By this point I was mid-closing so I tried another of Stross’s Laundry novels for light relief. This is actually one of the better regarded in the sequence as best I can tell (or at least is seen as a solid entry), but I didn’t hugely enjoy it.
The problem wasn’t so much the book as that I’d read another from the same series literally less than a month before. Stross doesn’t assume the reader has read that previous book so there’s summaries of what happened (which are annoying if you’ve just read it) and the humour is very similar which is fine if spaced out but a bit samey if taken too quickly in succession.
The story here focuses on a team of quantitative analysts who are infected with vampirism and used as tools in an ancient conflict between two much older vampires. It’s better and cleverer than it sounds when summarised like that, but I just shouldn’t have read it so soon after the previous one.
I do plan to continue with the series, but probably not until much later this year or more likely 2019 or so.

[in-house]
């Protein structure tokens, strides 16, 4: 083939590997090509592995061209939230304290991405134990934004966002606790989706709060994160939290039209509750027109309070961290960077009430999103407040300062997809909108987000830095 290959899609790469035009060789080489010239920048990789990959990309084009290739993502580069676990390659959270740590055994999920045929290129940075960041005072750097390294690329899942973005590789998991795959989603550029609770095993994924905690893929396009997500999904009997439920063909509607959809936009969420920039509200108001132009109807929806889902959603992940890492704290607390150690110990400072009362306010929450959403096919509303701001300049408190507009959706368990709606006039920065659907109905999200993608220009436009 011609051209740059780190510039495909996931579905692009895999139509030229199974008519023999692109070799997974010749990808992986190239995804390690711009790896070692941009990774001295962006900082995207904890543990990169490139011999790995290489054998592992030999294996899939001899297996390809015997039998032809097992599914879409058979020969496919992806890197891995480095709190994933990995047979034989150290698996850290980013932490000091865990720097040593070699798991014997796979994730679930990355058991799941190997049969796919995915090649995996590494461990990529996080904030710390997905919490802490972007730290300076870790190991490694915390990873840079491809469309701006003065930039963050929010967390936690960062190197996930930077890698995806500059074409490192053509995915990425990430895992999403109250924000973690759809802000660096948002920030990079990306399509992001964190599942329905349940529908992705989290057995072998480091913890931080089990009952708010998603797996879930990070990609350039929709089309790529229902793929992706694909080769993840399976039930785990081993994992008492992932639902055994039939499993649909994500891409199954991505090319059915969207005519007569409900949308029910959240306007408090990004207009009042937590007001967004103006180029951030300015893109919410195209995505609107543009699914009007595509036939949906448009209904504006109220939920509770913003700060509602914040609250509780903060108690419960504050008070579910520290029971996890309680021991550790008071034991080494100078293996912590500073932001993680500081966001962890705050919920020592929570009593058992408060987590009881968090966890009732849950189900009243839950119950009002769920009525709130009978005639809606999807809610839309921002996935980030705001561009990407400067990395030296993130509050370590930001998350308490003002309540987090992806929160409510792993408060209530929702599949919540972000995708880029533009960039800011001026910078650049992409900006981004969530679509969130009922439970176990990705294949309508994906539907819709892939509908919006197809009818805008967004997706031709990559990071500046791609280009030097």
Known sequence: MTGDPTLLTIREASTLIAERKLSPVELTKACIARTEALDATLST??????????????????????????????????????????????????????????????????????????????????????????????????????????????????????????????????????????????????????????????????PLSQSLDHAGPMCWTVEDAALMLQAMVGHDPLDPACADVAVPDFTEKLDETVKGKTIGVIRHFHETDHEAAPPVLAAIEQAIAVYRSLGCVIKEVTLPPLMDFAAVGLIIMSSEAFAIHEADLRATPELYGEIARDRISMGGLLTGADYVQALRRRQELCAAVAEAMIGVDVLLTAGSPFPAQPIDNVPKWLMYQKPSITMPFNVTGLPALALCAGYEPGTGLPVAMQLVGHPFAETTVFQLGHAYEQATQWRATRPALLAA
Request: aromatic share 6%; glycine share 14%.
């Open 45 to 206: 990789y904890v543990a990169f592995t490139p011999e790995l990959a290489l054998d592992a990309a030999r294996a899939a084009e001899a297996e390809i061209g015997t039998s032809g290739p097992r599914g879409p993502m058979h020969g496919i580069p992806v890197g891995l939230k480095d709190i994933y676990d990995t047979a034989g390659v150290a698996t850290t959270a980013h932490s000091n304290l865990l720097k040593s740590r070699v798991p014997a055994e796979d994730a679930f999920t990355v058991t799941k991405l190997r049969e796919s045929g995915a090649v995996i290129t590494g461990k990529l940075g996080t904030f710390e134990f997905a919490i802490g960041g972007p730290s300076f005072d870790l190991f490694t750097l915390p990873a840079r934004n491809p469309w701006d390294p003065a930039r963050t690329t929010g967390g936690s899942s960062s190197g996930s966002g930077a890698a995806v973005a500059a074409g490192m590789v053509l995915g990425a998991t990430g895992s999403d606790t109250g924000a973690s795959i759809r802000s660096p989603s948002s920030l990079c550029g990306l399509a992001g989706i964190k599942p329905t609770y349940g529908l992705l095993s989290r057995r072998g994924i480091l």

Look at Me, by Anita Brookner
April was arguably my Guy Savage reading month. After the Stross I wanted something a bit more purely literary and thought it time to try one of the Brookner’s Guy’s been recommending of late.
Look at Me is from the 1980s and features a slightly shy young woman Frances who works in a medical library. She falls in with one of the doctors who use the library, the effortlessly charming Nick Fraser, and with his wife Alix.
Nick and Alix are a golden couple and their life is one of endless meals out and high-spirited friends and drama and excitement. Frances, who Nick and Alix immediately start calling Fanny, is too inexperienced to see quite how shallow Nick is or quite how selfish Alix.
Everyone here is well drawn and there are some tremendous set-piece scenes, from an early dinner out with Nick and Alix where Fanny is plunged breathlessly into the dazzle of their lives to much later in the book an absolutely devastating Christmas visit by Fanny to retired librarian Mrs Morpeth. It’s hardly a surprise to discover that Brookner can write, but all the same she definitely can.
I was less persuaded by Fanny as a character, mostly as I just didn’t believe her voice was that of a twenty-something year old. She felt middle aged to me, perhaps slightly older, and while there are good reasons in the book why she is so staid and so quiet it still didn’t quite ring true to me.